Review: TEN Technology naviPlay Bluetooth Headphones

These stylish headphones sound great, but expect to pay extra.

David Haskin, Contributor

March 14, 2006

5 Min Read

TEN Technology's naviPlay Bluetooth Stereo Headset for iPods has everything that iPod users seem to want. They're stylish, well-designed, sound great, feature some interesting new technology.

This Bluetooth headset for iPods also is noteworthy for a couple of other reasons. For one thing, this is among the first over-the-head Bluetooth headphones we've seen. More importantly, this system has the potential to interact with a lot of other Bluetooth devices, including phones. And, while pricey, these headphones sound quite excellent.

Plugging It In

Unlike many Bluetooth products that use a dongle that attaches either to a computer or to a media player or other device, naviPlay uses a special iPod docking system. It comes with adapters for all iPods except the Shuffle. To set the system up, you click the adapter to the dock and plug in the cable that came with the iPod into the back.

The cable charges both iPod and Bluetooth transmitter. In addition, you can synchronize the iPod while it's connected to the dock. Note, though, that this approach makes the headphones useful primarily only for listening to music played by the iPod. TEN is trying to work around that problem so that the headphones can be used with other Bluetooth-enabled devices but, as will be discussed below, it hasn't yet fully succeeded.

These are among a small number of Bluetooth headphones designed for over-the-head use -- most others are behind the neck models in which the actual headphone speakers rest on top of the ears. While the Bluetooth radio isn't heavy, because it is built into the headphones, that form factor sometimes gets wearisome for long periods of use. However, that wasn't a difficulty with the naviPlay headsets, which, besides being supported by the whole head, weigh only four ounces.

Besides comfort, sound quality is another strong point of the naviPlay headphones. No, you won't get the same level of nuanced clarity that you'd get, say, from wired but less expensive mobile headsets from vendors like Grado or Sennheiser. But I found the sound quality to be markedly superior to the other Bluetooth headphones I've tested, particularly in the mid- to high ranges.

One reason for the good sound quality is that these are sealed headphones that employ soft padding to very effectively seal out outside sound. This isn't necessarily a benefit unless the other sonic properties of the headphone are well engineered and; in this case, they care. A side benefit is that, while these headphones have no digital noise cancellation capabilities, they seal the ears so well that they are appropriate for situations such as flying.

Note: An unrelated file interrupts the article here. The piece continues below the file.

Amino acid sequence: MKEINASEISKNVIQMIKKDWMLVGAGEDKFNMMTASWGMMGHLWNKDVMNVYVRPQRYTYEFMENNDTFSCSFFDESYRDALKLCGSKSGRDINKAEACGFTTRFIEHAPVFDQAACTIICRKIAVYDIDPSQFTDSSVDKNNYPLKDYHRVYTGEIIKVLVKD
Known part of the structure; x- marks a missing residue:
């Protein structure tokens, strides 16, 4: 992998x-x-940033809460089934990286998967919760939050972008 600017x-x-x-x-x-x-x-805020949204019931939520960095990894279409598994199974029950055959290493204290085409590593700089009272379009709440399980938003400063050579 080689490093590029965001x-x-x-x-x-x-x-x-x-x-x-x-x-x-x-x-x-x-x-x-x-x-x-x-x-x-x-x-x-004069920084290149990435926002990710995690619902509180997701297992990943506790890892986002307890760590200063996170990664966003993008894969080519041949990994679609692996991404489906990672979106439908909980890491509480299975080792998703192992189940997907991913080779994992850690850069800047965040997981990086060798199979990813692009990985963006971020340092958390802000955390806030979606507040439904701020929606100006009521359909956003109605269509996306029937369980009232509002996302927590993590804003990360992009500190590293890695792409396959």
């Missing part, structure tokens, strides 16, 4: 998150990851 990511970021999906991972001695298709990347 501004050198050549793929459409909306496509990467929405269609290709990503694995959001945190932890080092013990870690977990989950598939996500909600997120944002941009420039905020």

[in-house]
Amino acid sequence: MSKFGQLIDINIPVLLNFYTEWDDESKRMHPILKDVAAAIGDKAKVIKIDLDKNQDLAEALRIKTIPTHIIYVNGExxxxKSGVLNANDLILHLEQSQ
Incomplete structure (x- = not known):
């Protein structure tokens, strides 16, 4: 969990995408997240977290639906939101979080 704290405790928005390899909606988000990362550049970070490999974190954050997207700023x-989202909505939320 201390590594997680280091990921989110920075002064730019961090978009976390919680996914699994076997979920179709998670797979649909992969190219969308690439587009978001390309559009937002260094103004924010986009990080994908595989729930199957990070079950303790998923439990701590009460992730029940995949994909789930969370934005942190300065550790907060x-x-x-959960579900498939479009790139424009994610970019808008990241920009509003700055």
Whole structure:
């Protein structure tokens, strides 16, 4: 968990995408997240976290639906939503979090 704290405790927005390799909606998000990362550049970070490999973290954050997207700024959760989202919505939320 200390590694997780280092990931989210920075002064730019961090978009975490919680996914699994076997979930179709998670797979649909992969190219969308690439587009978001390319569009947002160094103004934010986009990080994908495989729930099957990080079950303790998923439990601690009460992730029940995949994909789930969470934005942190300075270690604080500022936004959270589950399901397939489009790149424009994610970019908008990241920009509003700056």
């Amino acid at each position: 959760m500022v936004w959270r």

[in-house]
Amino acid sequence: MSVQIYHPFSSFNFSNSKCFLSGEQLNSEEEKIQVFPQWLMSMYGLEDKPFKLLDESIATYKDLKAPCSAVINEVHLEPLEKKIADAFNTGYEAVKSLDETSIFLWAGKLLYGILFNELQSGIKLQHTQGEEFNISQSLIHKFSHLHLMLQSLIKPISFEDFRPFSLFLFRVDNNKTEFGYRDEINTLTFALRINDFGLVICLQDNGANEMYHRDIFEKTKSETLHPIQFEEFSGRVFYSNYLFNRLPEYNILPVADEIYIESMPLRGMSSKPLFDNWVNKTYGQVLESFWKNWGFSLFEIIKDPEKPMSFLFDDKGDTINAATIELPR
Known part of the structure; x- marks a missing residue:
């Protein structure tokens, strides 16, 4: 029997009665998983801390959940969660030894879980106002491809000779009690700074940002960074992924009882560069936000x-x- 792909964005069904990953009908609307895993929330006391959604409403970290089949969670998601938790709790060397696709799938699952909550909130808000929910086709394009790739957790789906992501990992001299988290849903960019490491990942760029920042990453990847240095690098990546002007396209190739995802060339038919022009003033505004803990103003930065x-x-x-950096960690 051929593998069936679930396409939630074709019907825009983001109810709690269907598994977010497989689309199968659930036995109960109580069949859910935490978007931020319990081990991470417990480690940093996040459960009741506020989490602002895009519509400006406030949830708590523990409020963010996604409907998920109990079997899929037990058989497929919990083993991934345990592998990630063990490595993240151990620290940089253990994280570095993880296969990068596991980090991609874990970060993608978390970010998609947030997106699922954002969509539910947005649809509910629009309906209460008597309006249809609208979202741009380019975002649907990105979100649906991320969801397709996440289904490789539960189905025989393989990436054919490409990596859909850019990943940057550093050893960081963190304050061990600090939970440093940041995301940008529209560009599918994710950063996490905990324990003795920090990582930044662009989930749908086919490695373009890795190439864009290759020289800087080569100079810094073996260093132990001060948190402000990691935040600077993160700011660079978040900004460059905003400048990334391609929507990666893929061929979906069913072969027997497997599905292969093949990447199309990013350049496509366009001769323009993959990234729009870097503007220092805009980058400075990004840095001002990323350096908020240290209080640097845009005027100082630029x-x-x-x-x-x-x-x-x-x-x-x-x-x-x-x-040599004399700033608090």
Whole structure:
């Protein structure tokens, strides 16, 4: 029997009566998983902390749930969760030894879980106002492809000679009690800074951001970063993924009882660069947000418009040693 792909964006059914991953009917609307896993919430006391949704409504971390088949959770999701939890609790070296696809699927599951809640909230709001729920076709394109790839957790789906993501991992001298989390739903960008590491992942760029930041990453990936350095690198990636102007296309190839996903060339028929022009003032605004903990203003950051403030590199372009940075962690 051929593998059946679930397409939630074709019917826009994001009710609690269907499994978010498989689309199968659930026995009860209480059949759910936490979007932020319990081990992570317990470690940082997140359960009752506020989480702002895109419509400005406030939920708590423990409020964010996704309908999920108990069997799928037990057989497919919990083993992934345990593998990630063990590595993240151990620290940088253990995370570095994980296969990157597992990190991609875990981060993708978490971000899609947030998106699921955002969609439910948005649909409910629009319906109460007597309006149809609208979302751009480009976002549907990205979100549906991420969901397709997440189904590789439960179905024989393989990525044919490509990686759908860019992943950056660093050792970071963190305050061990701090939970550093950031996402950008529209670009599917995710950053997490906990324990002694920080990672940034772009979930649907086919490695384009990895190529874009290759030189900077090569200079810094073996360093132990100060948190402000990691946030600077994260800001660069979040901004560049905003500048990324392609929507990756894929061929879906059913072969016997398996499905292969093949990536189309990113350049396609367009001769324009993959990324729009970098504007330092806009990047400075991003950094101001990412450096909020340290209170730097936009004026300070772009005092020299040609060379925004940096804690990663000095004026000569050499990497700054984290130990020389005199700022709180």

TEN also put some thought into the appearance of these headphones -- the polished black plastic with gray padding subjectively looks good. Another positive is the long-lasting lithium-polymer battery, rated for eight hours of use.

Also, like many other Bluetooth headphones, the naviPlays have controls on the phones themselves for switching tracks, adjusting volume pausing. More than the ioGear Bluetooth headphones I tested a number of months ago, naviPlay's controls are easier to use. This is important because when you are, say, changing volume or switching tracks, the whole thing is done by feel since you can't see the actual controls. In this case, it is intuitive to figure out, by feel, how to operate the controls.

For Every Plus …

More than most products, however, for most of the pluses mentioned above, there is a minus. For instance, while the headphones look and sound great, they aren't foldable, making them somewhat bulky to travel with. Similarly, while the controls are easy to use by touch, when you are using the system, you can't manage the volume of your iPod on that device itself.

The biggest frustrations, though, came from Bluetooth. The Bluetooth between the naviPlay base/docking station and the headphones worked easily and flawlessly, although I was a bit dissatisfied with the range. Rated with a range of between 9 and 30 feet, in our tests, the range was somewhere between.

More frustrating, though, was that TEN uses the A2DP Bluetooth profile, which is designed to work with other Bluetooth devices that use the same profile. However, it didn't work with another A2DP-compliant system, Logitech's Wireless Music System for PC, which I recently reviewed. The Logitech system sometimes recognized naviPlay but, even when it did, it wouldn't play music through the naviPlay headphones.

That's because, while both use the same A2DP profile, they use different flavors of Bluetooth. And, given the iPod-only approach to this system, A2DP is the only hope for playing music through the headphones from sources other than iPod.

In a similar vein, the naviPlay headphones come with a built-in microphone and the ability to automatically switch between an iPod and a cell phone. But, so far, virtually no cell phones support A2DP, although a spokesperson for TEN said that should change significantly in coming months.

The bottom line is that these headphones look and sound great, but you'll pay a premium. However, given that they work only with iPod, a handful of other Bluetooth devices (at present) and not at all with devices that aren't Bluetooth-enabled, many users may not find them a particularly good value.

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